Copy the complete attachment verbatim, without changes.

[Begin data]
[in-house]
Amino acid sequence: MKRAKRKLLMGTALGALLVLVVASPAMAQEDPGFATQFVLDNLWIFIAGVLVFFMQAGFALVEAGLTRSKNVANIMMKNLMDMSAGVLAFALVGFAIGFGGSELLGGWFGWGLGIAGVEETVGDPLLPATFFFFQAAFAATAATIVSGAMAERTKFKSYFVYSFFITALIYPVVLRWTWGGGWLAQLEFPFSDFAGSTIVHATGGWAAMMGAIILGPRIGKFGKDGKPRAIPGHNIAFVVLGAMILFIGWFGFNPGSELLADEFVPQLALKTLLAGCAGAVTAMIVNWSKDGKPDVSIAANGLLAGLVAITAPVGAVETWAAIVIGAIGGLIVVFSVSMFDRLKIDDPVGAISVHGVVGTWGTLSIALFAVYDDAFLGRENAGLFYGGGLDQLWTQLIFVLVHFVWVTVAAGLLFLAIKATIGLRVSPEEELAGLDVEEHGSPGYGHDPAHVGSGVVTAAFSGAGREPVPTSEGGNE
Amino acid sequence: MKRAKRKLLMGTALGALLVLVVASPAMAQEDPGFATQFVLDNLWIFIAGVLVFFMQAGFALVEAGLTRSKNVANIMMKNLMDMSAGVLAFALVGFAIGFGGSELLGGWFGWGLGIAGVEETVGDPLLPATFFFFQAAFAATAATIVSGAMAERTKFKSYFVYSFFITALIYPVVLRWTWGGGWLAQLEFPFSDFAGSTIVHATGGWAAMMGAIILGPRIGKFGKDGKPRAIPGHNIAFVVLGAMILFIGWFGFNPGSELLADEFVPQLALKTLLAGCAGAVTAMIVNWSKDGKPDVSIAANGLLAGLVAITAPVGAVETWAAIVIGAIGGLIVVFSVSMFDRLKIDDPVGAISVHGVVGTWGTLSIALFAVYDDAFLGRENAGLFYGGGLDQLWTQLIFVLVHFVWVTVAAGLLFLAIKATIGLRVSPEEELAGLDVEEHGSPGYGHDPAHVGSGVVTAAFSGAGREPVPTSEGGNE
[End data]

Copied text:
[in-house]
Amino acid sequence: MKRAKRKLLMGTALGALLVLVVASPAMAQEDPGFATQFVLDNLWIFIAGVLVFFMQAGFALVEAGLTRSKNVANIMMKNLMDMSAGVLAFALVGFAIGFGGSELLGGWFGWGLGIAGVEETVGDPLLPATFFFFQAAFAATAATIVSGAMAERTKFKSYFVYSFFITALIYPVVLRWTWGGGWLAQLEFPFSDFAGSTIVHATGGWAAMMGAIILGPRIGKFGKDGKPRAIPGHNIAFVVLGAMILFIGWFGFNPGSELLADEFVPQLALKTLLAGCAGAVTAMIVNWSKDGKPDVSIAANGLLAGLVAITAPVGAVETWAAIVIGAIGGLIVVFSVSMFDRLKIDDPVGAISVHGVVGTWGTLSIALFAVYDDAFLGRENAGLFYGGGLDQLWTQLIFVLVHFVWVTVAAGLLFLAIKATIGLRVSPEEELAGLDVEEHGSPGYGHDPAHVGSGVVTAAFSGAGREPVPTSEGGNE
Amino acid sequence: MKRAKRKLLMGTALGALLVLVVASPAMAQEDPGFATQFVLDNLWIFIAGVLVFFMQAGFALVEAGLTRSKNVANIMMKNLMDMSAGVLAFALVGFAIGFGGSELLGGWFGWGLGIAGVEETVGDPLLPATFFFFQAAFAATAATIVSGAMAERTKFKSYFVYSFFITALIYPVVLRWTWGGGWLAQLEFPFSDFAGSTIVHATGGWAAMMGAIILGPRIGKFGKDGKPRAIPGHNIAFVVLGAMILFIGWFGFNPGSELLADEFVPQLALKTLLAGCAGAVTAMIVNWSKDGKPDVSIAANGLLAGLVAITAPVGAVETWAAIVIGAIGGLIVVFSVSMFDRLKIDDPVGAISVHGVVGTWGTLSIALFAVYDDAFLGRENAGLFYGGGLDQLWTQLIFVLVHFVWVTVAAGLLFLAIKATIGLRVSPEEELAGLDVEEHGSPGYGHDPAHVGSGVVTAAFSGAGREPVPTSEGGNE